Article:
(8) roynish clown] Rogneux, Fr, mangy, scurvy. The word is used by Chaucer, in The Romaunt of the Rose.

“ That knottie was and all ruinous." 988.

“ This argument is all roignous—;" 6190. G. Harvey, speaking of Long Meg of Westminster, says Although she were a lusty bouncing rampe, somewhat like Gallemetta or maid Marian, yet she was not such a roinish rannel, such a dissolute gillian-Airt." Pierce's Supererog. 4to. 1593

We are not to suppose the word is literally employed by Shakespeare ; but in the same sense that the French still use carogne, a term of which Moliere is not very sparing in some of his pieces. Steevens.

See Tooke's Divers. of Purley, II. 241., and Macb. I. 3, 1 Witch.

(9) quail] Slacken, remit, endeavours. “ To represse and quaile. "Restinguere, retundere.” Baret's Alv. 1580.

“ There is no quailing (shrinking, retreating) now;
“ Because the king is certainly possess'd

“ Of all our purposes.” I H. IV. Hotsp. IV. 1. Minshieu identifies it with quell, and derives it from the Saxon. (10) O

you memory of old sir Rowland) Memorial, recol. lection. “ I knew then how to seek



B. and Fl. Humorous Lieutenant. « And with his body place that memory « Of noble Charlemont.”

Turner's Atheist's Trag. 1611. - That statue will I prize past all the jewels “ Within the cabinet of Beatrice, “ The memory of my grandame." Byron's Tragedy.

STEEVENS. « Be better suited : « These weeds are memories of worser hours."

Lear IV. 7. Cord. “ Their fame in stories happened, and so did many like memories of menne men,” &c. Puttenham's Arte of Eng. Poesie, 4to. 1589, p. 35.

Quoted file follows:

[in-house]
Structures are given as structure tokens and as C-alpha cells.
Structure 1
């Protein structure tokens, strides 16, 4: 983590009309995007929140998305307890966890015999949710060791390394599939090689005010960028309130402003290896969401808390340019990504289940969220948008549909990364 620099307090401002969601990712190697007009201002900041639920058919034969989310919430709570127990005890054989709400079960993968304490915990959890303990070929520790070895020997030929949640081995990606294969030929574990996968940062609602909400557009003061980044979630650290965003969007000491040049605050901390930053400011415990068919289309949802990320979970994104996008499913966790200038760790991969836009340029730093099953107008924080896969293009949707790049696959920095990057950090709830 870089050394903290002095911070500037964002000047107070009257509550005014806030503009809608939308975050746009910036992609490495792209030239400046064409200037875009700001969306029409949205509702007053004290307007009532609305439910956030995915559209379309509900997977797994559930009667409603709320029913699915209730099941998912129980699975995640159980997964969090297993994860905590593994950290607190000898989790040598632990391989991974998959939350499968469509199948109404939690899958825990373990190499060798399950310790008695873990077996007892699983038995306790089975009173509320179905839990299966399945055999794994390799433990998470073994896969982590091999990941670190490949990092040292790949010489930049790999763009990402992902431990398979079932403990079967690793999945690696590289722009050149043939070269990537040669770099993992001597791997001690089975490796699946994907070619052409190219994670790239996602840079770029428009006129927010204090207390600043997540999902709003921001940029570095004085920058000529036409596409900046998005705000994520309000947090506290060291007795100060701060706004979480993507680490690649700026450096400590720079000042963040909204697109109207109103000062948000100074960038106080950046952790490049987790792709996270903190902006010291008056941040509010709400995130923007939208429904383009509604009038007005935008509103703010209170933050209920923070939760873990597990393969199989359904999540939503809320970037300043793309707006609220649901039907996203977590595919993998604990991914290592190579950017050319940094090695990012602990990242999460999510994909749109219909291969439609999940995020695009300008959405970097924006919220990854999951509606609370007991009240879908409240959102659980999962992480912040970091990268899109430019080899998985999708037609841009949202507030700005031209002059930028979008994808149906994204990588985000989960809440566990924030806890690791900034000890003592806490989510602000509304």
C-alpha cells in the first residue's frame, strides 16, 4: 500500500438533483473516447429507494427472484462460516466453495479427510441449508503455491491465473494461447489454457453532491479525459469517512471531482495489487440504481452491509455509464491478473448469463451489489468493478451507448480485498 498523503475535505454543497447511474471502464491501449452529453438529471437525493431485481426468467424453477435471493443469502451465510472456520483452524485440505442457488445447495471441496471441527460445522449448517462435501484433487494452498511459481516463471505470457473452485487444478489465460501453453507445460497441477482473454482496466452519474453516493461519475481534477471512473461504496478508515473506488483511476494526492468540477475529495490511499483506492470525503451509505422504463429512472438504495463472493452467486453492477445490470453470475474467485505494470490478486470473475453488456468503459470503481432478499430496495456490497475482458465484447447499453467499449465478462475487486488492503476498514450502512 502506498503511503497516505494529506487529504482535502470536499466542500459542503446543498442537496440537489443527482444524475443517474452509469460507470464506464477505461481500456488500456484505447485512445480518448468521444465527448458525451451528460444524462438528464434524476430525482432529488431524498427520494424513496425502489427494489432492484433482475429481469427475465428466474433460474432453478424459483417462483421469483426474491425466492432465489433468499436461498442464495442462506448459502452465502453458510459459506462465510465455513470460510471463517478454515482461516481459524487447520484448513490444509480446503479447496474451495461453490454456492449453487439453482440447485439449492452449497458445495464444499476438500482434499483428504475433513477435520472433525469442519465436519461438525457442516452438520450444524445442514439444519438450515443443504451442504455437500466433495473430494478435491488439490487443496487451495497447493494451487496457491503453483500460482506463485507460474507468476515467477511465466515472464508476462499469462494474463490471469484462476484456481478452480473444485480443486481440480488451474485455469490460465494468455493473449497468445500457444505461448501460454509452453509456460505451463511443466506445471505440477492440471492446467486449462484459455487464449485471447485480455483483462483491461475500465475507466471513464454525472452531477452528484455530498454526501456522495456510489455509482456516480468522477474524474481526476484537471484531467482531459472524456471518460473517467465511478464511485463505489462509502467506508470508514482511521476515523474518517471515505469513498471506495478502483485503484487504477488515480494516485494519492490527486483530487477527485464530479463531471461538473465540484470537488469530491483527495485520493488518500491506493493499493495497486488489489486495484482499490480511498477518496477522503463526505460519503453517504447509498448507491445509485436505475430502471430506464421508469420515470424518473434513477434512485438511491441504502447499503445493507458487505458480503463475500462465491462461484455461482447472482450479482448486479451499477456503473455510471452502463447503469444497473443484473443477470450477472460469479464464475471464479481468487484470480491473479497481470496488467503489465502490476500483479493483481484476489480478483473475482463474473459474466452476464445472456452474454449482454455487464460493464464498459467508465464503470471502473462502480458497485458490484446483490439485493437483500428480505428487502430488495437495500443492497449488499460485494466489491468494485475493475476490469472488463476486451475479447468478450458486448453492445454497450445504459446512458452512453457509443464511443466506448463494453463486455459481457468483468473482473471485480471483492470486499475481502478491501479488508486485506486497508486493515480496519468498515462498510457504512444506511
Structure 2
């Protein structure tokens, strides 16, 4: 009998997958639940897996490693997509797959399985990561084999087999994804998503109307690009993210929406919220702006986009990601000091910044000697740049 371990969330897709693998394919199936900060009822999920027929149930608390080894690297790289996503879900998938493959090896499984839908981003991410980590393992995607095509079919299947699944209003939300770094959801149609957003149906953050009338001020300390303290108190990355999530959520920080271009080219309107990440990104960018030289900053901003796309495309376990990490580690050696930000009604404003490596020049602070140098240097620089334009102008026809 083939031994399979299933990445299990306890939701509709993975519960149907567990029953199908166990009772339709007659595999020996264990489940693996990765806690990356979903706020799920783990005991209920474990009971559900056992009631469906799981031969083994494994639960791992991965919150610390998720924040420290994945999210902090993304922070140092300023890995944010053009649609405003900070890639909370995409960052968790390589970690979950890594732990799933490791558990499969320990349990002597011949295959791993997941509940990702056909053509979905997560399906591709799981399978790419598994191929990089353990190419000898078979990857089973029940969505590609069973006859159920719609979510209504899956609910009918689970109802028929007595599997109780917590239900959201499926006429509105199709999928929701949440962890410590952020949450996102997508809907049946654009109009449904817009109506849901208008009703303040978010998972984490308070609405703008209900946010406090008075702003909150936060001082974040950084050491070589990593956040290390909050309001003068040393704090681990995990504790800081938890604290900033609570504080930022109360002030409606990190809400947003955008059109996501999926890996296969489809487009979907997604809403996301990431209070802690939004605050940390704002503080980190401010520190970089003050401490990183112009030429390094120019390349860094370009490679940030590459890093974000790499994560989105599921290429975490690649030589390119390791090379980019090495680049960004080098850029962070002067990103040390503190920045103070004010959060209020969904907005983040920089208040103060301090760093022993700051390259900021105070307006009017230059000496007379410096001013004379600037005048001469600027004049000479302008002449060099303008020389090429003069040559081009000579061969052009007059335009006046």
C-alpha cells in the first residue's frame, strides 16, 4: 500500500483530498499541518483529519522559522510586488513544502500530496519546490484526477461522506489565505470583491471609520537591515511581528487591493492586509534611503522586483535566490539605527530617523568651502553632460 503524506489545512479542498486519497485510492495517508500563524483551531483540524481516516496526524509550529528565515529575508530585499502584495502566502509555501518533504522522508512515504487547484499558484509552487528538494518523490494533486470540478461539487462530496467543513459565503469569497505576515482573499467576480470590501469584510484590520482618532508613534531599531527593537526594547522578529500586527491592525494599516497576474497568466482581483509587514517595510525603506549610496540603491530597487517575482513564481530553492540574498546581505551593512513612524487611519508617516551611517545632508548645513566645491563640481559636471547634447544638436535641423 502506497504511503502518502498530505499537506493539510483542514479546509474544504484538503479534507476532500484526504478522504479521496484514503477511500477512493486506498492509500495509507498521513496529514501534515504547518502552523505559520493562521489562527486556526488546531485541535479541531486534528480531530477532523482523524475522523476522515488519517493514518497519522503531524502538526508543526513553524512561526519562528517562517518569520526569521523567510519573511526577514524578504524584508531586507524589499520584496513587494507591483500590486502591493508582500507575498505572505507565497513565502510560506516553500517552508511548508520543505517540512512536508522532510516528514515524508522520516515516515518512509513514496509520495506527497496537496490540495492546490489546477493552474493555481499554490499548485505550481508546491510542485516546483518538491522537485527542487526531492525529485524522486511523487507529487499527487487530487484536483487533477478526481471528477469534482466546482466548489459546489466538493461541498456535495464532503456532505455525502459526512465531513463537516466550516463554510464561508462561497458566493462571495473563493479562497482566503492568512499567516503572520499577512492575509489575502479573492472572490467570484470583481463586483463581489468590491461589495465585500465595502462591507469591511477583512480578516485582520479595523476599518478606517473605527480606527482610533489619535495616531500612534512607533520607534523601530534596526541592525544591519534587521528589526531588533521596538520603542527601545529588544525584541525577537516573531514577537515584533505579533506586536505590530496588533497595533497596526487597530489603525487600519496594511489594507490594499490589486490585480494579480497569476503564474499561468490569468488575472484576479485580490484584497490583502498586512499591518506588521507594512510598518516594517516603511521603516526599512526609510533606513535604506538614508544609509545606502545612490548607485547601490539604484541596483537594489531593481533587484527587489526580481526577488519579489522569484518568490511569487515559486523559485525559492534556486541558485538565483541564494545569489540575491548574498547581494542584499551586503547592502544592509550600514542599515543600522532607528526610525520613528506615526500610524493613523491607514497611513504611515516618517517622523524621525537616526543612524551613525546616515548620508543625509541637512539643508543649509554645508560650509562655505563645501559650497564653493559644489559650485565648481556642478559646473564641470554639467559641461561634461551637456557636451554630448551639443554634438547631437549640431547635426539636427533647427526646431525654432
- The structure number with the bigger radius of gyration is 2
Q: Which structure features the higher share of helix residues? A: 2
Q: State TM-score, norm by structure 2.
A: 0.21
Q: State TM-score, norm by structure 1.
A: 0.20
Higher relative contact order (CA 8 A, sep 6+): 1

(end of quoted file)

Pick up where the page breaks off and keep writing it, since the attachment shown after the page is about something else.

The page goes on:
(11) I never did apply

Hot and rebellious liquors
Nor did not with unbashful

forehead, &c.]
“ All which my days I have not lewdly spent,
“ Nor spilt the blossom of my tender years

" In idleness.” F.Q. VI. II. 31. Rebellious is inflammatory,


(12) I should bear no cross, if, &c.] Carry no penny in my purse. One sense of this word was, money stamped with a

Mr. Steevens instances R. III.

“ You mean to bear me, not to bear with me." And as to the play upon the piece of coin, we read in John Heywood's Epigr. upon Proverbs :

“ Of making a crosse. Epigr. 289.
“ It will make a crosse on this gate, yea crosse no;
“ Thy crosses be on thy gates all, in thy purse no.'

4to, 1598.
66 The deville may daunce in crosslesse purse
“ When coyne hath tooke his tyde."

Drant's Hor. 4to. 1566, signat. A. 3.

(13) Wearing thy hearer in thy mistress' praise] The fo. of 1632 reads wearying ; but Mr. Whiter well supports 'the old reading by citing Jun. Etymol. Angl. Quoniam quotidiano usu conteri solent ea, quæ assidue gerimus, hinc Anglis etiamnum to wear or waste away, est " tabescere ;" atque adeo quoque ab hac postrema verbi acceptione, to weary, cæpit accipi pro “ fatigare ;" quod lassitudo corpora nostra maxime frangat, atque ipsos quoque spiritus vitales maxime imminuat. And Jonson's Masque of the Gypsies :

Only time and ears out-wearing.” Specim. p. 17.

(14) two cods) In a schedule of jewels in the 15th vol. of Rymer's Fædera, we find, “ Item, two peascoddes of gold with 17 pearles." FARMER.

Peascods was the ancient term for peas as they are brought to market. So, in Greene's Groundwork of Cony-catching, 1592:

went twice in the week to London, either with fruit or pescods." And in B. and Fletch. Honest Man's Fortune : “ Shall feed on delicates, the first peascods, strawberries."

STEEVENS. In the following passage, however, Touchstone's present certainly signifies not the pea but the pod, and so, I believe, the word is used here: “He (Richard Il.] also used a peascod